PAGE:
I make a very good living adding hints to Oracle queries to improve performance. Does the optimizer really need a hint or is it something the developer or DBA is doing wrong in the first place?

I think hints are phenomenal testing tools and are sometimes the only viable avenue for getting a query to perform as you desire. But I also think that if you understand the Oracle optimizer and why it makes choices like it does, then you can often find a way to rewrite queries to get the results you want without a hint.

So no, I don’t think the optimizer needs a hint as a rule. The bottom line is that you have to do what is necessary to get the performance you need. My first goal would be to do everything I could with my SQL to give the optimizer the best chance possible to get it right without a hint. If I still can’t get the execution plan I want/need, then I’ll use a hint. However, I’ll document what I believe is the reason why the hint is needed so that its use will be understood by those that follow me.

My manager keeps nagging me to get certified. Certification requires purchase of at least one instructor-led training course. For the price of a five-day training course, I can buy dozens and dozens of good books. I tried to persuade my manager to give me a week off to spend at the beach, reading a good book like Effective Oracle by Design by Tom Kyte, but he wouldn’t bite and keeps nagging me about certification. My manager doesn’t take my opinion seriously but he’ll listen to you. Is he right about this or am I?

Personally, I think certifications can only effectively answer one question: Can a person study and memorize well enough to pass the required tests? There are people out there who attend some kind of certification boot camp for a couple of weeks and take all the tests and pass. There are others who buy exam study guides and take sample tests until they basically have most everything they’ll need to know memorized so they can pass the tests. And there are people out there who have years of experience that don’t even pick up a book or spend a very small amount of time to prep that pass the tests.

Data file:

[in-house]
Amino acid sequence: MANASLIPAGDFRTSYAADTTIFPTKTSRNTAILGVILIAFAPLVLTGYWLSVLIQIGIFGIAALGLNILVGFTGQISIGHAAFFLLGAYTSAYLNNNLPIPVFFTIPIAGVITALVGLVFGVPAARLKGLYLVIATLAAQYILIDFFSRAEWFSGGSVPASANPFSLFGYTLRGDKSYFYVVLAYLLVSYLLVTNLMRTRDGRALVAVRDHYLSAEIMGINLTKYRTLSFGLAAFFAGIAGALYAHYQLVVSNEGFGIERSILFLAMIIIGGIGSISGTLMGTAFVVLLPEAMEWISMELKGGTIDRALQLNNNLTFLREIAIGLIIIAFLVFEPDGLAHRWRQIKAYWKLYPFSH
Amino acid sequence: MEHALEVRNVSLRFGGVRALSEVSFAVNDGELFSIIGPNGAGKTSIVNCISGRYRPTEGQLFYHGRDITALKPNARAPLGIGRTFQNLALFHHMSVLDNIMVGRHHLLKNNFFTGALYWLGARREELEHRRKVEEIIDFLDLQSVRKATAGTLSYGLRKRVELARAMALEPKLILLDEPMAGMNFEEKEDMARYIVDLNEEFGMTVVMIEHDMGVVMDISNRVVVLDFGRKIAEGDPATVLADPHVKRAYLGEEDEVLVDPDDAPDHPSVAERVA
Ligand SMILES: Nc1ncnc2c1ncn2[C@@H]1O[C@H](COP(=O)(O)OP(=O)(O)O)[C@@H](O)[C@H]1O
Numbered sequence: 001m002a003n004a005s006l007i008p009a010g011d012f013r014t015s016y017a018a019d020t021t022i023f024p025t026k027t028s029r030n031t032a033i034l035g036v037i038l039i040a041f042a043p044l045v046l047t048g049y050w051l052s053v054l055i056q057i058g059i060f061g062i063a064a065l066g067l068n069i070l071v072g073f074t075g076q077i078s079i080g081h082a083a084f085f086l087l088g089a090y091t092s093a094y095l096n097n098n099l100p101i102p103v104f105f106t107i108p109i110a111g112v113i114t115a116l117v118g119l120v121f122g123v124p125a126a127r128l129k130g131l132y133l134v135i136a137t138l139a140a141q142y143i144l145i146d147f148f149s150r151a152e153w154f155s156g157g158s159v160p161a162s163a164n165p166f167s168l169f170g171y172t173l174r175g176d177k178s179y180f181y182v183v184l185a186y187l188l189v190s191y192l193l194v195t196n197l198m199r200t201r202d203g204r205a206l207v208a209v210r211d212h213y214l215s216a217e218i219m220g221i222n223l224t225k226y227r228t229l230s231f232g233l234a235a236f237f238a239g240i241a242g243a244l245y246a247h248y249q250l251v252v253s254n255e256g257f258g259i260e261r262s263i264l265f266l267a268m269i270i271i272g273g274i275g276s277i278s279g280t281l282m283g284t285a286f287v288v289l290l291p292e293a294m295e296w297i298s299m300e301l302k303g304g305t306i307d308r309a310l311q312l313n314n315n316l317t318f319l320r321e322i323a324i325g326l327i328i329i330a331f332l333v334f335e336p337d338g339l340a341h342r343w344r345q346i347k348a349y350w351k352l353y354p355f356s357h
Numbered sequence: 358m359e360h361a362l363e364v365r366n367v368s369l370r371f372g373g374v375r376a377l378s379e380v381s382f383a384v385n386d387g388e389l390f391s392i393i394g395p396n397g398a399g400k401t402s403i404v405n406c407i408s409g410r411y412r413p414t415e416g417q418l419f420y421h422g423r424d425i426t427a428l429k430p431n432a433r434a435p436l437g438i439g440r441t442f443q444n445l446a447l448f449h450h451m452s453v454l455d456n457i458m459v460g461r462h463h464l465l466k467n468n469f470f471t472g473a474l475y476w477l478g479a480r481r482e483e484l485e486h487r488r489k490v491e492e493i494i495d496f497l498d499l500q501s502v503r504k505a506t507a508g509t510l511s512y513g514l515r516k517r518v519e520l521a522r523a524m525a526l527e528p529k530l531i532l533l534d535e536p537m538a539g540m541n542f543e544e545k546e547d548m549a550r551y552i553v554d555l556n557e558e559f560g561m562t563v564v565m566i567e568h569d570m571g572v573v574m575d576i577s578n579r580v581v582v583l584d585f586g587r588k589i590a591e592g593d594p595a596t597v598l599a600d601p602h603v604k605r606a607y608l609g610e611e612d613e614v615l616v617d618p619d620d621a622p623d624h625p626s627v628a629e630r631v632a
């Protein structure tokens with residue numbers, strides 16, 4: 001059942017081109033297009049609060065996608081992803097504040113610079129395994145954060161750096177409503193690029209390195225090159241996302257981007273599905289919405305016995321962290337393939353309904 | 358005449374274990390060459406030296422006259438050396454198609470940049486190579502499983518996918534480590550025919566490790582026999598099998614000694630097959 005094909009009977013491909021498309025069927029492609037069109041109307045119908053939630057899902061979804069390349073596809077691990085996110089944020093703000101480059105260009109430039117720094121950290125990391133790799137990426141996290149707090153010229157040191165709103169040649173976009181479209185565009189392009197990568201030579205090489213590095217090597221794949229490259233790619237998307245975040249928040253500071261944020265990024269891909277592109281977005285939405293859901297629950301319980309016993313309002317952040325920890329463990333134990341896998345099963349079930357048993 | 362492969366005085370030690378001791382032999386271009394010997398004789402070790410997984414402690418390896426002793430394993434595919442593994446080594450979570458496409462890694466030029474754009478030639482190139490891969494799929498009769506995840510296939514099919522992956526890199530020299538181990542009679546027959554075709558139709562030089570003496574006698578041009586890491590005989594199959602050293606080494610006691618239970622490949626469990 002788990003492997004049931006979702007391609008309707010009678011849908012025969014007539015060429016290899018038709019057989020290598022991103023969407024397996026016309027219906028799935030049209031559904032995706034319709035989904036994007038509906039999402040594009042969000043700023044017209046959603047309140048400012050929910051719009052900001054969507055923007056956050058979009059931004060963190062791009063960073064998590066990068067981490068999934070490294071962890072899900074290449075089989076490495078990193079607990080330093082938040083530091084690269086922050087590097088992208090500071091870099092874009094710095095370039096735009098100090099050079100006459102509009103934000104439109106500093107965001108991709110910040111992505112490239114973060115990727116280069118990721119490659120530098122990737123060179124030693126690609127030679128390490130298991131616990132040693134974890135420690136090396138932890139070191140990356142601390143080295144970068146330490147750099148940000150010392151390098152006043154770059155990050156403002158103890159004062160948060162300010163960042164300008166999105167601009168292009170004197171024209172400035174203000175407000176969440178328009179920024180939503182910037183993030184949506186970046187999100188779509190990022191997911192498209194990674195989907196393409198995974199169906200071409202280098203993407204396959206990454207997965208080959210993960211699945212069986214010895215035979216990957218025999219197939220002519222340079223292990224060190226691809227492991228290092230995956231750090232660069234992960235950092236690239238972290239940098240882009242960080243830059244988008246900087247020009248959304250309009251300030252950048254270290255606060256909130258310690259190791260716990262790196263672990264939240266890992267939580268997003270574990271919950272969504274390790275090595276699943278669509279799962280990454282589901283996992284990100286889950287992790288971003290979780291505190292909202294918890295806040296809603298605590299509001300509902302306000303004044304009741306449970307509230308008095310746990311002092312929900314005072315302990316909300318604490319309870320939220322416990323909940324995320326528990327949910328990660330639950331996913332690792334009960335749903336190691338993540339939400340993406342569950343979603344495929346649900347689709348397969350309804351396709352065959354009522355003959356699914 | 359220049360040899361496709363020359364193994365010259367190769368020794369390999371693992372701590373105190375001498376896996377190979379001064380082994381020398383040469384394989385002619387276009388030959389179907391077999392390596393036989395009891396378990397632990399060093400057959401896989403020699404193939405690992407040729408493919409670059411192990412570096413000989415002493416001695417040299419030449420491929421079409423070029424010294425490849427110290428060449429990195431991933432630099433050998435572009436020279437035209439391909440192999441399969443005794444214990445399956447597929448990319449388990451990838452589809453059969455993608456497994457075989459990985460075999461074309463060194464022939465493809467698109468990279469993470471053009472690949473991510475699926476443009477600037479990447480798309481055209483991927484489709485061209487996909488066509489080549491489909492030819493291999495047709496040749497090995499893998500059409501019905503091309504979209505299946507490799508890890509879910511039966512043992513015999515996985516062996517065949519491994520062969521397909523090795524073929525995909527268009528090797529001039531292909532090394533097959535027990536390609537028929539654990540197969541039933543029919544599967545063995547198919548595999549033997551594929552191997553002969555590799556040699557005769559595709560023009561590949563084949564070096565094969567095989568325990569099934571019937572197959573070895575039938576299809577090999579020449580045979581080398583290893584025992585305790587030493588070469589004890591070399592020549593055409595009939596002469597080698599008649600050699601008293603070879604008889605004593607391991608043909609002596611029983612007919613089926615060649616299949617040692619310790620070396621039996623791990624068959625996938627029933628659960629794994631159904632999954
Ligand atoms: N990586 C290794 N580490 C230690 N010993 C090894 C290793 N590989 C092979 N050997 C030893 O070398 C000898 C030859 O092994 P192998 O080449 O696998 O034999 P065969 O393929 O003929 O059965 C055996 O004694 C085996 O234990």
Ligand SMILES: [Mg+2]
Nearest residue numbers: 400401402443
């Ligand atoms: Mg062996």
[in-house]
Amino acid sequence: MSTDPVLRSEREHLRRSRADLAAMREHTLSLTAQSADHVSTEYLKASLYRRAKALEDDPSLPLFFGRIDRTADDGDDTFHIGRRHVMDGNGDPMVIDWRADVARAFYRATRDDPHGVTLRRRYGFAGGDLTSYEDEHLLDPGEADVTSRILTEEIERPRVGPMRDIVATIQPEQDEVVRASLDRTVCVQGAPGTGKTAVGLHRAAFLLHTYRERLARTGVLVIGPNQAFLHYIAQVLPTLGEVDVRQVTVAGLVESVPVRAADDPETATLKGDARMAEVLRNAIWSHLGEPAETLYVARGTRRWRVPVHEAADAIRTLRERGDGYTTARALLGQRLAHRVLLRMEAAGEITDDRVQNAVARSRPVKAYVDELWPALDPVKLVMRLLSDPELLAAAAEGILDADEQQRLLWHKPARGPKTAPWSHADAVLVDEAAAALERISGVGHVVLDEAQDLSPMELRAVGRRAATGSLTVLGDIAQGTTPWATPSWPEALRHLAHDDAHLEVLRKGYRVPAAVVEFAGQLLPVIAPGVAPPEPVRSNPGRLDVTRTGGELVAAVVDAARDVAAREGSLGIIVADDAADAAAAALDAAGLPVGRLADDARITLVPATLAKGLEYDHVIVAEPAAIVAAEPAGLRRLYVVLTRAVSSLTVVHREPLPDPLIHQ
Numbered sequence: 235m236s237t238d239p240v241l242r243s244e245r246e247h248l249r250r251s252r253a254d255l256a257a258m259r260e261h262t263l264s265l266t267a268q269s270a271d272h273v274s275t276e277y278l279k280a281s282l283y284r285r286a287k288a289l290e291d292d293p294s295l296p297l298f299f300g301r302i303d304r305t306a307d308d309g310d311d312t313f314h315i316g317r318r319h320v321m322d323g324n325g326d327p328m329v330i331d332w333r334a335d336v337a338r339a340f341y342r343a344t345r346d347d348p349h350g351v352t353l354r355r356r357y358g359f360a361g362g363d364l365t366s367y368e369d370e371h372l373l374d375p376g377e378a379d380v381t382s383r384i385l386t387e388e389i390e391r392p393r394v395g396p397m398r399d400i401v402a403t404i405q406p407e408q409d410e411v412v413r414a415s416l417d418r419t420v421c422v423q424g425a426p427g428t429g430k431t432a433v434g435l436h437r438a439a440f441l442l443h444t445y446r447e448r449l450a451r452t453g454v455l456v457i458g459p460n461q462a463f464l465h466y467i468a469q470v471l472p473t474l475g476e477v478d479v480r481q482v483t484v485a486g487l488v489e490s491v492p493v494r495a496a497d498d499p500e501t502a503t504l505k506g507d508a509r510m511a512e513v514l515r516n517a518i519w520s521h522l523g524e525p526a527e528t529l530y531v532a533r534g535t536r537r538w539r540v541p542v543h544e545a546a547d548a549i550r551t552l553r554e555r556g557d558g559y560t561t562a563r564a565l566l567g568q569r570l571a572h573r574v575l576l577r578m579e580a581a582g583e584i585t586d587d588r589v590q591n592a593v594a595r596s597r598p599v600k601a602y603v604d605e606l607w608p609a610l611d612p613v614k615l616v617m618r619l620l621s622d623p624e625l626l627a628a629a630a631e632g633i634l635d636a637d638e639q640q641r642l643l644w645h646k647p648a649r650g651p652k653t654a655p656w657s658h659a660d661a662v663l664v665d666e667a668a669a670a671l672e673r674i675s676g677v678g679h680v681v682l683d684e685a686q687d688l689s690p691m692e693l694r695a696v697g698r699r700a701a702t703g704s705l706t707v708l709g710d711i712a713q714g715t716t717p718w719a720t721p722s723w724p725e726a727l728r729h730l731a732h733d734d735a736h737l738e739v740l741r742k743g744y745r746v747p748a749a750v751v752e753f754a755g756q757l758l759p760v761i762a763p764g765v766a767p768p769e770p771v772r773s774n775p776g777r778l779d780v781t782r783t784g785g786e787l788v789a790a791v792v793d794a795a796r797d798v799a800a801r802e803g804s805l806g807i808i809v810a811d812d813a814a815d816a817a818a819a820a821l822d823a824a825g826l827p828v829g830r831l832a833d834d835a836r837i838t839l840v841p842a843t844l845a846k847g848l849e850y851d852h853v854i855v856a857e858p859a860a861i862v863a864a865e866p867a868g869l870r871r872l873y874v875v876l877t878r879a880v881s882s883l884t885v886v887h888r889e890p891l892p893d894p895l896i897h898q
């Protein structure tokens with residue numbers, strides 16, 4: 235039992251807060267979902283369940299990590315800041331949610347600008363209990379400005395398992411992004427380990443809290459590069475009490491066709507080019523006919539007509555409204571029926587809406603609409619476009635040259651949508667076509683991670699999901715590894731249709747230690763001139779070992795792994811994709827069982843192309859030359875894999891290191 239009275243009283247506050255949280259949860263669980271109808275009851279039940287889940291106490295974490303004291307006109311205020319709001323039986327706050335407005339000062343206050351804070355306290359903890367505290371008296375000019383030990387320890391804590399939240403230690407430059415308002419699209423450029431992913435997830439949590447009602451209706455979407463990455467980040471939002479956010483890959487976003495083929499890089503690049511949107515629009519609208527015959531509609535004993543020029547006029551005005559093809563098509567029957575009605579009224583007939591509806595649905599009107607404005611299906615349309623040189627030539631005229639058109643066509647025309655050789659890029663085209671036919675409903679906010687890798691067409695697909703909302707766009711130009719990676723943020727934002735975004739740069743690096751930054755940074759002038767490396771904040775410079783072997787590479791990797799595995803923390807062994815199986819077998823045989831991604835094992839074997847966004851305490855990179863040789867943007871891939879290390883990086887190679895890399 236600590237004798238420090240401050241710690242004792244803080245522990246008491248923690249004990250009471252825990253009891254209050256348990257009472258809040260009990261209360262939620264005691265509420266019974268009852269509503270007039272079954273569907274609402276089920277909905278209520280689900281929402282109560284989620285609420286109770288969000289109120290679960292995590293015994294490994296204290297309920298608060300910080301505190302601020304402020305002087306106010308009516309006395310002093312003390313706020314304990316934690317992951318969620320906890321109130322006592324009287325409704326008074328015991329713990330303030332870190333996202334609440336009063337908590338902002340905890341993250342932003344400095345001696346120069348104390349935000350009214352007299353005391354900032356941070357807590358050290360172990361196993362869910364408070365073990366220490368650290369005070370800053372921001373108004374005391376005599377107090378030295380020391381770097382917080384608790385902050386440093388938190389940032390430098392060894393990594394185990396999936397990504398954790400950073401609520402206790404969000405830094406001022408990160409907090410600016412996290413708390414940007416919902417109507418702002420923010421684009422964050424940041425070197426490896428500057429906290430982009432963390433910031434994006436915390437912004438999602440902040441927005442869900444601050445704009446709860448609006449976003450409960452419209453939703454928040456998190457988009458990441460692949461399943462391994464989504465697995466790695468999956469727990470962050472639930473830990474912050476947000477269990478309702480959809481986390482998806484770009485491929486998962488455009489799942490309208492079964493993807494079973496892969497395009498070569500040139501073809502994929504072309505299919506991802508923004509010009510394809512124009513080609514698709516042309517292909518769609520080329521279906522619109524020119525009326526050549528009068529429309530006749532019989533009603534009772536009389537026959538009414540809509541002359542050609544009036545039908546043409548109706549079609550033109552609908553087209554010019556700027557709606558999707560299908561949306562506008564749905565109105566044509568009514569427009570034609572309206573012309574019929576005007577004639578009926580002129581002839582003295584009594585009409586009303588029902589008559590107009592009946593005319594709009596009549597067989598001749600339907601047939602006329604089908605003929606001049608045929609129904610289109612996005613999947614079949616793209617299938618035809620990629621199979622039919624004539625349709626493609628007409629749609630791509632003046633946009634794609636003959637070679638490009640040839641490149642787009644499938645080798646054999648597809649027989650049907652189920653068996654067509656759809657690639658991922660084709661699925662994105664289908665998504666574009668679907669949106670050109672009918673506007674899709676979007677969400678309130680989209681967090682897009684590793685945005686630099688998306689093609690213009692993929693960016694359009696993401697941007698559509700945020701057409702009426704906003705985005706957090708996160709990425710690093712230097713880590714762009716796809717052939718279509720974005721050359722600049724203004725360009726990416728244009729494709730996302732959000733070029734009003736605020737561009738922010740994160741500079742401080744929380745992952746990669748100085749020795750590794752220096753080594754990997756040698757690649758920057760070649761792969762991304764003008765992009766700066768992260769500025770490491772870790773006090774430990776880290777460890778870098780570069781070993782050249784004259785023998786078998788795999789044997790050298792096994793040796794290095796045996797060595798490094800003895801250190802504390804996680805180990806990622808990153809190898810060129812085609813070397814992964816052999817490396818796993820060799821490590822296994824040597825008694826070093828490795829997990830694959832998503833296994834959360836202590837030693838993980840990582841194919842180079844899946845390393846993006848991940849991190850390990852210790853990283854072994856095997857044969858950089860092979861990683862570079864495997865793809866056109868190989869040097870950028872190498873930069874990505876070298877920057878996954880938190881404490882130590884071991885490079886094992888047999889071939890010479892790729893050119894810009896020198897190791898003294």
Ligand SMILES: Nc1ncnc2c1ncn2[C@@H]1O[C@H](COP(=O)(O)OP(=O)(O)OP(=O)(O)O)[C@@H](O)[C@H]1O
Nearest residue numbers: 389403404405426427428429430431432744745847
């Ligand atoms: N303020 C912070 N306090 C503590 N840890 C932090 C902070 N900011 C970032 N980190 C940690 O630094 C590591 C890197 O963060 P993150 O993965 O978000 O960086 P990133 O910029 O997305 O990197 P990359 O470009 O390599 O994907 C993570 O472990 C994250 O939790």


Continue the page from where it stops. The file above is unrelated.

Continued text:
I really don’t think certification is a measure of experience or ability. I wonder which employee a manager really wants managing their database: one with a certification but no proven experience or one without a certification but years of experience and a great track record.

If a manager is willing to pay for your certification, get it. If having a certification is the difference between you being chosen for a job over someone else equally qualified, then get it. But I think it’s a mistake to use certification as a measuring stick for experience or an indicator of someone’s ability to handle real-world, tough situations. Certification may get you in the door, but it’s how you apply the knowledge you have and your ability to quickly diagnose and repair problems that will keep you there.

Will there be any jobs left for me in five years? Should I move to Bangalore? Are the Indian shops any good? How should I adapt? One of my previous employers suffered wave after wave of layoffs. I personally know many IT professionals who have switched careers: a PeopleSoft engineer became a police officer, a project manager became an insurance agent. Should I plan on a career change? I’ve always wanted to be a beekeeper.